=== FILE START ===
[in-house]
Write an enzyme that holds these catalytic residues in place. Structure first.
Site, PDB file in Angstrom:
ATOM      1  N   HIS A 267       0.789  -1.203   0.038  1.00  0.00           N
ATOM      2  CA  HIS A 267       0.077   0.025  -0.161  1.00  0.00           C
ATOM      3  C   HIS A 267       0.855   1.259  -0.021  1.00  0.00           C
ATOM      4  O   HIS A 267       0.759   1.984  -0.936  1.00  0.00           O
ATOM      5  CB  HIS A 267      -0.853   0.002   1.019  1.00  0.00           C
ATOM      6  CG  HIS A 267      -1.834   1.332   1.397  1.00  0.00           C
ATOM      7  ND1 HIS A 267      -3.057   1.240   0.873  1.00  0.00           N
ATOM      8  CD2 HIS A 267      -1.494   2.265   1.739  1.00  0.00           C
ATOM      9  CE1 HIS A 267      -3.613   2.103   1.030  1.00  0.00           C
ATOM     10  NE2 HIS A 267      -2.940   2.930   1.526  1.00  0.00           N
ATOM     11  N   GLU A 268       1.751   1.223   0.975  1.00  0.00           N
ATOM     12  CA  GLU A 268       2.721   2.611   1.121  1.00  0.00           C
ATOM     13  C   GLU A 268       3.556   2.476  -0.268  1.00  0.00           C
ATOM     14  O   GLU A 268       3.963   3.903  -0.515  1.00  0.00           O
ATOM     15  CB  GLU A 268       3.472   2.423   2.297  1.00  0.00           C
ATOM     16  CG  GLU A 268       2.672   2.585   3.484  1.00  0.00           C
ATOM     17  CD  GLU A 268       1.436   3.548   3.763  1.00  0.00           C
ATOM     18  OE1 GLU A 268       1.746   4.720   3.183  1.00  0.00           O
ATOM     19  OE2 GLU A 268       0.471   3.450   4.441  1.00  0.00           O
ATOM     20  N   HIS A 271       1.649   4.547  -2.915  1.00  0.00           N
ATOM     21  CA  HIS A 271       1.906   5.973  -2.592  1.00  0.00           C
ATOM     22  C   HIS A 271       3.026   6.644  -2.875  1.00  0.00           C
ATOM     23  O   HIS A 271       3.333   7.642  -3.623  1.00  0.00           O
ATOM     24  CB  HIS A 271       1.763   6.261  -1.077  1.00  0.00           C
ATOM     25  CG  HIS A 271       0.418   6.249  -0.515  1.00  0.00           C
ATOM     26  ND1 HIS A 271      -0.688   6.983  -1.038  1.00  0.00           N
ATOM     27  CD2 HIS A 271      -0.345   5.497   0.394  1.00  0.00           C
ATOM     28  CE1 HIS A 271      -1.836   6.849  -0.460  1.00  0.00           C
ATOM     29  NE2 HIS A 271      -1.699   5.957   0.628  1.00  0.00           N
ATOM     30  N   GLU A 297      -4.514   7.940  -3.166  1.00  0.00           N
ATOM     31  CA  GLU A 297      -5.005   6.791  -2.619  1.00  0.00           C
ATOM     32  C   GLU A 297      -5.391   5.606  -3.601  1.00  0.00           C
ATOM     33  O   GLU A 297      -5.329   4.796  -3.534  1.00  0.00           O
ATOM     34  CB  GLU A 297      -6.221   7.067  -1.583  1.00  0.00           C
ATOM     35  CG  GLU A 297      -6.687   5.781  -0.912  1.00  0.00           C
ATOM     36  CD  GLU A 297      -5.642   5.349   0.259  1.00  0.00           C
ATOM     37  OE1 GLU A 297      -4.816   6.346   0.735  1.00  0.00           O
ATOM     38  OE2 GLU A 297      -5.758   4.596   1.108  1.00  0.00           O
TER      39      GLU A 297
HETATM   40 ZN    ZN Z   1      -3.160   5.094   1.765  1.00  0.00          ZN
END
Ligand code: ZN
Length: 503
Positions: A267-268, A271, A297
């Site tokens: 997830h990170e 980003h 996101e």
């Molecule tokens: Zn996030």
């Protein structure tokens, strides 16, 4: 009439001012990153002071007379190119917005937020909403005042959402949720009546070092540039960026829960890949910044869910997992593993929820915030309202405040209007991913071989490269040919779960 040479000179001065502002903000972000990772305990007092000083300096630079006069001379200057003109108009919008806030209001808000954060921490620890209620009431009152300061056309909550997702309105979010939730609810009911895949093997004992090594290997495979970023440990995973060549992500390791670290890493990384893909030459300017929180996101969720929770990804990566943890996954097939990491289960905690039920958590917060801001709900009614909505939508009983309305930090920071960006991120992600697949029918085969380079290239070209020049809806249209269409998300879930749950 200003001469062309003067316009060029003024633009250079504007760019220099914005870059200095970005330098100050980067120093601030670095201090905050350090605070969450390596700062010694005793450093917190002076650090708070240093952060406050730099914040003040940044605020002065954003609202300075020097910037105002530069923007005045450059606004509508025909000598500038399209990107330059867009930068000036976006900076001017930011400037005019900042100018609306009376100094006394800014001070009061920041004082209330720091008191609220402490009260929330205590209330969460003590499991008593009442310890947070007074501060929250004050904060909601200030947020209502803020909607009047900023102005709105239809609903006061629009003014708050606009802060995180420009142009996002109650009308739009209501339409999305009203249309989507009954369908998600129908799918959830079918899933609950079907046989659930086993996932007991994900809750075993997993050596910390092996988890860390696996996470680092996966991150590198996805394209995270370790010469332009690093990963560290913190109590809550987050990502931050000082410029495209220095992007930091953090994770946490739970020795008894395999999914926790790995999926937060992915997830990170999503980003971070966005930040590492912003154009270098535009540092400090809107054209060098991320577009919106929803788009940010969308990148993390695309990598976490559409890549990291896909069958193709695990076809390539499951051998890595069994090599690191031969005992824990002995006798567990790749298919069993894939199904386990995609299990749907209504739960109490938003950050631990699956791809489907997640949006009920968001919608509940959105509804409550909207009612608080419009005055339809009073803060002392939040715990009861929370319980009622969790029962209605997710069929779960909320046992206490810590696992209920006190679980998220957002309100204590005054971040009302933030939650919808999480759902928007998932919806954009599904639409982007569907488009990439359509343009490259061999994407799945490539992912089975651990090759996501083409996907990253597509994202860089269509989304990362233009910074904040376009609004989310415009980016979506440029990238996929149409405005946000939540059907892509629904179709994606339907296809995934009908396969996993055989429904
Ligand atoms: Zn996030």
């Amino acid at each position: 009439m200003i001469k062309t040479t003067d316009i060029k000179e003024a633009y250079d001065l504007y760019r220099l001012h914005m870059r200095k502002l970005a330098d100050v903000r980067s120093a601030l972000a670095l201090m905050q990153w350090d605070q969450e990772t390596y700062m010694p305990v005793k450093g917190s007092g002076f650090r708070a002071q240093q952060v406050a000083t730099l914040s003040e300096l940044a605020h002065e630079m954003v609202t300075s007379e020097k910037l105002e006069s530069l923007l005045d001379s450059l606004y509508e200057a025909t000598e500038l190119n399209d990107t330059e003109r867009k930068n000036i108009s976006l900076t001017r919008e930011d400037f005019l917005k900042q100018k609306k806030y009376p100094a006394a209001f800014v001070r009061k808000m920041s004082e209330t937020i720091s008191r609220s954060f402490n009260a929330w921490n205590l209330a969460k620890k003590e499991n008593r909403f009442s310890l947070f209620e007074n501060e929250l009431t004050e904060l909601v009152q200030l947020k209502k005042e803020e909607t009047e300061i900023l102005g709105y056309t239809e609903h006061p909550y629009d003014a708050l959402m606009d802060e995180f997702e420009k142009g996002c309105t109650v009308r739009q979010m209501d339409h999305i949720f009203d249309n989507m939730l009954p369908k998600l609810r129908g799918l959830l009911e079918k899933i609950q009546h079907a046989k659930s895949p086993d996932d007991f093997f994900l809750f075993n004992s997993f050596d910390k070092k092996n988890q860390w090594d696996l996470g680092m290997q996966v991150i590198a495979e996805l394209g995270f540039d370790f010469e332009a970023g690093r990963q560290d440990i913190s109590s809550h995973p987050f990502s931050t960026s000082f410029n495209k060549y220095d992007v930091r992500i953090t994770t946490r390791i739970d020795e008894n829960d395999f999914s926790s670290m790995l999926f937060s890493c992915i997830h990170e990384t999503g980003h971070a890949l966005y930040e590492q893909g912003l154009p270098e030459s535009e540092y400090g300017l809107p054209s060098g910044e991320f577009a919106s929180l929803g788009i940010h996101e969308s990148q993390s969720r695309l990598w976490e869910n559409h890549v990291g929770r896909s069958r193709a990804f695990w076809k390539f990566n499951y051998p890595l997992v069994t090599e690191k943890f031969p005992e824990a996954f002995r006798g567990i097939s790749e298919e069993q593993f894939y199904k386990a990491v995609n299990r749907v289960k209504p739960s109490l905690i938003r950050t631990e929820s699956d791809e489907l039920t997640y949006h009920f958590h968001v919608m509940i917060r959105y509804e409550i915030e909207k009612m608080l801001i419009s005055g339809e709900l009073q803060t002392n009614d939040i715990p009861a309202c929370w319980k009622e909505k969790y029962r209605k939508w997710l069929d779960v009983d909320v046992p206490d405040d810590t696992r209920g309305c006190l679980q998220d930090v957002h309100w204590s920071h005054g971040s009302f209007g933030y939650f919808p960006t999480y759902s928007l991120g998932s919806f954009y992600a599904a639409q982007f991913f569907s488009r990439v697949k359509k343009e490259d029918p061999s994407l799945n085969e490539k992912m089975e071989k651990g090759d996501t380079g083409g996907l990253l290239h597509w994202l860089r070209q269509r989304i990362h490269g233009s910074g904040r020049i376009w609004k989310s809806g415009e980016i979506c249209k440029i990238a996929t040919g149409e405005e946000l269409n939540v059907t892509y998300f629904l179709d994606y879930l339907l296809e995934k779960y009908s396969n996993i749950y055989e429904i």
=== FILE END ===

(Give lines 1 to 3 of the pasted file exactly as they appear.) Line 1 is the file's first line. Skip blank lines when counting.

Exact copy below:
[in-house]
Write an enzyme that holds these catalytic residues in place. Structure first.
Site, PDB file in Angstrom: